She also asked if the plans conflicted with a state law passed in late June that requires police to impose a ban on homeless people sleeping in public, according to previous Missourian reports. Communities that do not comply with the law could jeopardize any state funding they receive for homeless services and programs.
Although Cole isn’t sure if there will be a problem, Councilwoman Nancy Thompson said the city will be fine as long as it doesn’t adopt a policy preventing police from enforcing the ban.
“As long as we’re careful how we behave, we’ll be fine,” Thompson said, though she clarified that she still awaits further direction from the state in the future.
Fourth Ward council member Nick Foster asked if Opportunity Campus’ focus on homeless single adults would hinder families’ ability to get help.
Cole pointed to services like Love Columbia and Salvation Army Harbor House, which are geared more towards families.
City staff comments on the recommendations must be returned to the CHA by August 31 and a final report will be submitted by September 30.
The Broadband Business Planning Working Group discussed improving and expanding Internet access in Colombia during Monday’s pre-council working session. Andy Wyatt, grants administrator for the city, identified and presented two broadband grant opportunities to council.
The grants are the Missouri Broadband Infrastructure Grant, which has a budget of $100,000 to $10 million over a four-year project period, and the Middle Mile Broadband Infrastructure Grant, which has a budget of $5 to $100 million. million dollars over a five-year project period. years and a 30% cost-share match.
The city’s deadline to submit applications for each grant is September 29 and 30, respectively.
The city should partner with a service provider to successfully submit broadband grant applications before the deadline, according to the discussion.
Mayor Barbara Buffaloe and City Manager De’Carlon Seewood have expressed doubts about the success of the grant applications and the city’s eligibility for the funds, as there is currently no data available for the city that shows the areas requiring broadband, Seewood said.
“We have to go ahead and try. We should pick a partner that we think would work well for us and give it a try,” board member Betsy Peters said.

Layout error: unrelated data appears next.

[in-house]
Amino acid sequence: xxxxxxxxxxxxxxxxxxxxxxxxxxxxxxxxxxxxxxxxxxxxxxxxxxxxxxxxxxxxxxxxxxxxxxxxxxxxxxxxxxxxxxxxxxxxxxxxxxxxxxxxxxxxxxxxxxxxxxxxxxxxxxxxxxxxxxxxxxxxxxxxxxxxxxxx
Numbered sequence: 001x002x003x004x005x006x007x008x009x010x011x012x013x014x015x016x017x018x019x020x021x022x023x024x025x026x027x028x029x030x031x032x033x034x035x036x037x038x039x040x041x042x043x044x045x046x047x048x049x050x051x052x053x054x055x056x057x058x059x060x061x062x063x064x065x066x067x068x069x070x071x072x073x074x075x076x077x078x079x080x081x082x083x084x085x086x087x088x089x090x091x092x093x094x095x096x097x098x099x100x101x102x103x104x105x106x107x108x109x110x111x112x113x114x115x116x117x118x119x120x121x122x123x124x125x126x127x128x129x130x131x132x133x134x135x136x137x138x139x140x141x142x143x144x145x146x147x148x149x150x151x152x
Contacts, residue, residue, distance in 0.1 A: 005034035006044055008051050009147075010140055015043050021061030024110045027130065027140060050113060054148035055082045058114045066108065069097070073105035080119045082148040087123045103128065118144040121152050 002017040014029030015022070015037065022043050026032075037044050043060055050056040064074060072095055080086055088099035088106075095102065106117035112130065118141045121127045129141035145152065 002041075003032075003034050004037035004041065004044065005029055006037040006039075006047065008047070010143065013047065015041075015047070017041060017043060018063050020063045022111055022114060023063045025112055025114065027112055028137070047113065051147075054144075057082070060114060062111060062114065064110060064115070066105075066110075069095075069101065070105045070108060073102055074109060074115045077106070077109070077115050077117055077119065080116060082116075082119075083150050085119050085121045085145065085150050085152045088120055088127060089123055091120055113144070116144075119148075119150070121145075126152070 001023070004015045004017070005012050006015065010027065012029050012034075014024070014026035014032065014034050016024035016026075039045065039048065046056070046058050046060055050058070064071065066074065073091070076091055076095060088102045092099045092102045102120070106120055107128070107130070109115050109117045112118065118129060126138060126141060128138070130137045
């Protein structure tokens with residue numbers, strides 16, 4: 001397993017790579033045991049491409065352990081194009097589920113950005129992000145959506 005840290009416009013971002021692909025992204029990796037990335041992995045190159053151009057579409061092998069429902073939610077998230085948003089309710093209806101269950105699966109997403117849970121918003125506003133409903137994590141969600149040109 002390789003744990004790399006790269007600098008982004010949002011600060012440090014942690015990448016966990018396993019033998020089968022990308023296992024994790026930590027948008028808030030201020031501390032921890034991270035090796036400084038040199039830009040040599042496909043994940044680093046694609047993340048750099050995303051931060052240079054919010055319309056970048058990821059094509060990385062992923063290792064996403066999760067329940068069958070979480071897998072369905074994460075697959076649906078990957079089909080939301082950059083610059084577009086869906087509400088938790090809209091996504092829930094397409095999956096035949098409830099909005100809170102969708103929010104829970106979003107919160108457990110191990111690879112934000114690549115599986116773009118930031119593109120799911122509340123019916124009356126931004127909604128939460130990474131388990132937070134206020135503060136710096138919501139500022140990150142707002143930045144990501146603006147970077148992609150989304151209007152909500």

EquipmentShare presented its Chapter 100 tax abatement application to the board during the pre-board business session. The company intends to build a corporate campus across from Interstate 70 and create new jobs in Colombia. EquipmentShare is asking for a 75% reduction in personal property taxes on their investment in building this project.
Buffaloe expressed excitement about the project’s potential to provide new jobs and retain high school and college graduates in Colombia.
Fowler said she is not in favor of the project until a performance agreement is available for review “to find out how beneficial this project will be for vulnerable members of the community.”
Council heard a report from city staff regarding the expansion of virtual attendance at council and commission meetings. The council voted in June to extend the virtual attendance trial program for the Disabled Persons Commission, which asked all councils and commissions to allow virtual attendance.
The cost of the virtual attendance program was estimated to be around $40,860 “due to multiple staff serving on multiple boards,” said Mark Neckerman, the city’s acting chief information officer.
He added that conference room equipment is expected to cost around $33,500 and money could be saved by moving some meetings to the boardroom.
Fowler and Buffaloe raised concerns less about expense and more about accessibility versus time.
“How do we move from a place where we don’t reduce the attendance of our residents or community members to working days? Fowler asked. “How do we expand that so that these councils and commissions can operate at a time when their members can attend, and the public can attend?”
Buffaloe called for the staffing plan to move forward, and Neckerman said the next step is to purchase Zoom licenses for council and commission staffers.
“So one of the things we’re going to come up with is a budget amendment for purchasing a license and a budget amendment,” Neckerman said.